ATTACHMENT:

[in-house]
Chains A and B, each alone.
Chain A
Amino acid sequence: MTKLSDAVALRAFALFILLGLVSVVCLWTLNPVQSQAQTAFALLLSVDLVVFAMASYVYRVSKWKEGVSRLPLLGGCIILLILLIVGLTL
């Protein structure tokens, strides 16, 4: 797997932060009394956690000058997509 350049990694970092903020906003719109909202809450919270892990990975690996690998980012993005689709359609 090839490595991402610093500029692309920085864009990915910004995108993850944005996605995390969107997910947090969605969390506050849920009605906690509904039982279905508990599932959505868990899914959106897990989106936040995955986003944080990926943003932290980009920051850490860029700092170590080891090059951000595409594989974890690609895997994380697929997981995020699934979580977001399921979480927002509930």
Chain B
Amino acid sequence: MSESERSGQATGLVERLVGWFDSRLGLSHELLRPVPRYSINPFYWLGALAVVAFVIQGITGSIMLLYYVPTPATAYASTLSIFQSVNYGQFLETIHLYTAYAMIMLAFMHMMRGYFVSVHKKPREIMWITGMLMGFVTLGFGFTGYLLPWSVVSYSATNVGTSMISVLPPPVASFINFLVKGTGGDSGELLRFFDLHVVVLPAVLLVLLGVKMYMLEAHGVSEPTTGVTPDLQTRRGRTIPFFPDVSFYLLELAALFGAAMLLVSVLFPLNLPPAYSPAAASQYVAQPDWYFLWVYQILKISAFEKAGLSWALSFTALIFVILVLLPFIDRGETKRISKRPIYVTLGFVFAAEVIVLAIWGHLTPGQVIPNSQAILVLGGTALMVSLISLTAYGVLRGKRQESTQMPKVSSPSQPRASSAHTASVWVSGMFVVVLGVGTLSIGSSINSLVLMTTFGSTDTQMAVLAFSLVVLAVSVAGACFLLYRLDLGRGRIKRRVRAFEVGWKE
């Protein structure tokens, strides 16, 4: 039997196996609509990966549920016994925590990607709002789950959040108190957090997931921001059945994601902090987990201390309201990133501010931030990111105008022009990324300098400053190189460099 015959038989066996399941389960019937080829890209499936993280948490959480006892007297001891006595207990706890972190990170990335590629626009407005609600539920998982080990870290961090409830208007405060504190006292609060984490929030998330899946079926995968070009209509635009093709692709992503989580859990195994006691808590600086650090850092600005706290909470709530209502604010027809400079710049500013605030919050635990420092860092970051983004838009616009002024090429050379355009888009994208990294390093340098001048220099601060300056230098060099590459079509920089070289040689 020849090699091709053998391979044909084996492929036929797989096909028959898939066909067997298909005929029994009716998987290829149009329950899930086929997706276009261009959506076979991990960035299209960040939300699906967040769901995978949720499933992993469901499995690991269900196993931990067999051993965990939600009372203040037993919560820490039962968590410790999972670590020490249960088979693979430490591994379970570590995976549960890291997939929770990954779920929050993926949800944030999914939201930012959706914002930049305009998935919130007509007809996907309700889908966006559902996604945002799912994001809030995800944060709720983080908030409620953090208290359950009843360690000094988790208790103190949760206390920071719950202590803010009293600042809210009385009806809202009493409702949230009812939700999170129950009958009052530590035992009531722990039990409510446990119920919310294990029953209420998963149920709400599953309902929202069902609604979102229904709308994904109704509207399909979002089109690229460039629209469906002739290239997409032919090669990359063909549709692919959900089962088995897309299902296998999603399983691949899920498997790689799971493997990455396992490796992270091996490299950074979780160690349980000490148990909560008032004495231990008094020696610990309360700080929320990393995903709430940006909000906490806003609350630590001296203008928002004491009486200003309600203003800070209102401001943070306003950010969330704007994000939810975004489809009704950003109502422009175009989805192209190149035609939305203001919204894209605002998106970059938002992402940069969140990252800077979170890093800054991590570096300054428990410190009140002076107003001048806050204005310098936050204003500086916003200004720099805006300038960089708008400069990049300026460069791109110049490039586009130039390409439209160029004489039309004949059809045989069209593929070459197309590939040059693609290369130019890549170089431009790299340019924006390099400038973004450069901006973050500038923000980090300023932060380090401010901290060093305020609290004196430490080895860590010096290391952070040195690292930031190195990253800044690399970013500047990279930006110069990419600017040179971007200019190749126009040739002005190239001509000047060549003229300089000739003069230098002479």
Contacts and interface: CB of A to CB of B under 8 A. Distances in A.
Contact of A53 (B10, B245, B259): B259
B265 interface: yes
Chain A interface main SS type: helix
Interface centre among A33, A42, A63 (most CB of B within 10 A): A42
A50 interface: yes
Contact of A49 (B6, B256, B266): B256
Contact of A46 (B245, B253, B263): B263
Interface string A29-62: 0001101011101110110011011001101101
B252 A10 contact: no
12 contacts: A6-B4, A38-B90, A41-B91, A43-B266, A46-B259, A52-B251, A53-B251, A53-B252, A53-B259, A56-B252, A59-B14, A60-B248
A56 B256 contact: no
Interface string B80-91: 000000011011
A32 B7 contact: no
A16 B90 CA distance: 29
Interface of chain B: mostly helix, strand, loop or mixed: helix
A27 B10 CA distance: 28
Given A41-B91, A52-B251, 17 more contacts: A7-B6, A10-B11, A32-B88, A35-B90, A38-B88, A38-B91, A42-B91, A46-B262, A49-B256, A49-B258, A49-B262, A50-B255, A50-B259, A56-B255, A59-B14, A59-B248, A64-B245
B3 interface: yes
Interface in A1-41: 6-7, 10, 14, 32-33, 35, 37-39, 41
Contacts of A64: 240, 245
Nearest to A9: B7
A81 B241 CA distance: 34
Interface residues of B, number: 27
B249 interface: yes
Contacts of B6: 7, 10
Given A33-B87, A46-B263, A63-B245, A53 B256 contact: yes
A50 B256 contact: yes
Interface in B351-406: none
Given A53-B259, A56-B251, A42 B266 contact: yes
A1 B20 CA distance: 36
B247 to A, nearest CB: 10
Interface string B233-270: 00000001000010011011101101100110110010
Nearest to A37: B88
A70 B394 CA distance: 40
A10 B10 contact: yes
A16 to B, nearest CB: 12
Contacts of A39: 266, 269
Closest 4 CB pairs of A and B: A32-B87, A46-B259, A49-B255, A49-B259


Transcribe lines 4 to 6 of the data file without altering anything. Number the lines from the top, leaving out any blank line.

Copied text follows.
Amino acid sequence: MTKLSDAVALRAFALFILLGLVSVVCLWTLNPVQSQAQTAFALLLSVDLVVFAMASYVYRVSKWKEGVSRLPLLGGCIILLILLIVGLTL
């Protein structure tokens, strides 16, 4: 797997932060009394956690000058997509 350049990694970092903020906003719109909202809450919270892990990975690996690998980012993005689709359609 090839490595991402610093500029692309920085864009990915910004995108993850944005996605995390969107997910947090969605969390506050849920009605906690509904039982279905508990599932959505868990899914959106897990989106936040995955986003944080990926943003932290980009920051850490860029700092170590080891090059951000595409594989974890690609895997994380697929997981995020699934979580977001399921979480927002509930």
Chain B